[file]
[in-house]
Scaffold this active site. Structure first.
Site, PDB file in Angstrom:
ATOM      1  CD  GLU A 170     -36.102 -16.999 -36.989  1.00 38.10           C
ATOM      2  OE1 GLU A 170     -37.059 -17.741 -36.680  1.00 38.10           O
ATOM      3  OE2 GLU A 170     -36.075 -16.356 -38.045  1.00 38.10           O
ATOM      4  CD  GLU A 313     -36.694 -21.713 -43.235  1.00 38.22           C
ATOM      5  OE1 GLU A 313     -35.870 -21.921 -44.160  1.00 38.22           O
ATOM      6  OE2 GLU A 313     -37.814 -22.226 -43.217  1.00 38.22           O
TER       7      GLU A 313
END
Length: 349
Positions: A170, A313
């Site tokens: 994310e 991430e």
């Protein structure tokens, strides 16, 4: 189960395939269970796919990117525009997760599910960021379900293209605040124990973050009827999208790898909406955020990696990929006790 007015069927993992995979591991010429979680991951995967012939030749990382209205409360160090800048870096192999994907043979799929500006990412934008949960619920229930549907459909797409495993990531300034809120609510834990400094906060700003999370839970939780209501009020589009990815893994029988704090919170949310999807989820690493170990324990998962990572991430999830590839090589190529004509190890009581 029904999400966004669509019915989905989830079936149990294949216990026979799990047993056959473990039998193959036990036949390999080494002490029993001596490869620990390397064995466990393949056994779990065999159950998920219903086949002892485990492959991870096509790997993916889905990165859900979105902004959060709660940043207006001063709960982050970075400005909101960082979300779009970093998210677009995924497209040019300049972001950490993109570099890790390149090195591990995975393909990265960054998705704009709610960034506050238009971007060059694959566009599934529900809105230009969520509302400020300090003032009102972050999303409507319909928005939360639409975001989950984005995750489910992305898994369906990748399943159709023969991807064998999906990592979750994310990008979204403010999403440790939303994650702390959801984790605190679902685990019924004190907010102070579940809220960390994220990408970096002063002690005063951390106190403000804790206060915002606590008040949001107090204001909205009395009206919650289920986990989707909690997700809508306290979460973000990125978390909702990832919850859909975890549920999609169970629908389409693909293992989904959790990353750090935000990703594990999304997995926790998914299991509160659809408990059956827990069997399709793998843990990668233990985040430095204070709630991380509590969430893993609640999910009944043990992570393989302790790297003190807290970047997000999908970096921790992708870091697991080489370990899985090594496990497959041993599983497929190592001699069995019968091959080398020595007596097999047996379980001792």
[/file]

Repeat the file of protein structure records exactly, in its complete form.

[in-house]
Scaffold this active site. Structure first.
Site, PDB file in Angstrom:
ATOM      1  CD  GLU A 170     -36.102 -16.999 -36.989  1.00 38.10           C
ATOM      2  OE1 GLU A 170     -37.059 -17.741 -36.680  1.00 38.10           O
ATOM      3  OE2 GLU A 170     -36.075 -16.356 -38.045  1.00 38.10           O
ATOM      4  CD  GLU A 313     -36.694 -21.713 -43.235  1.00 38.22           C
ATOM      5  OE1 GLU A 313     -35.870 -21.921 -44.160  1.00 38.22           O
ATOM      6  OE2 GLU A 313     -37.814 -22.226 -43.217  1.00 38.22           O
TER       7      GLU A 313
END
Length: 349
Positions: A170, A313
């Site tokens: 994310e 991430e």
């Protein structure tokens, strides 16, 4: 189960395939269970796919990117525009997760599910960021379900293209605040124990973050009827999208790898909406955020990696990929006790 007015069927993992995979591991010429979680991951995967012939030749990382209205409360160090800048870096192999994907043979799929500006990412934008949960619920229930549907459909797409495993990531300034809120609510834990400094906060700003999370839970939780209501009020589009990815893994029988704090919170949310999807989820690493170990324990998962990572991430999830590839090589190529004509190890009581 029904999400966004669509019915989905989830079936149990294949216990026979799990047993056959473990039998193959036990036949390999080494002490029993001596490869620990390397064995466990393949056994779990065999159950998920219903086949002892485990492959991870096509790997993916889905990165859900979105902004959060709660940043207006001063709960982050970075400005909101960082979300779009970093998210677009995924497209040019300049972001950490993109570099890790390149090195591990995975393909990265960054998705704009709610960034506050238009971007060059694959566009599934529900809105230009969520509302400020300090003032009102972050999303409507319909928005939360639409975001989950984005995750489910992305898994369906990748399943159709023969991807064998999906990592979750994310990008979204403010999403440790939303994650702390959801984790605190679902685990019924004190907010102070579940809220960390994220990408970096002063002690005063951390106190403000804790206060915002606590008040949001107090204001909205009395009206919650289920986990989707909690997700809508306290979460973000990125978390909702990832919850859909975890549920999609169970629908389409693909293992989904959790990353750090935000990703594990999304997995926790998914299991509160659809408990059956827990069997399709793998843990990668233990985040430095204070709630991380509590969430893993609640999910009944043990992570393989302790790297003190807290970047997000999908970096921790992708870091697991080489370990899985090594496990497959041993599983497929190592001699069995019968091959080398020595007596097999047996379980001792």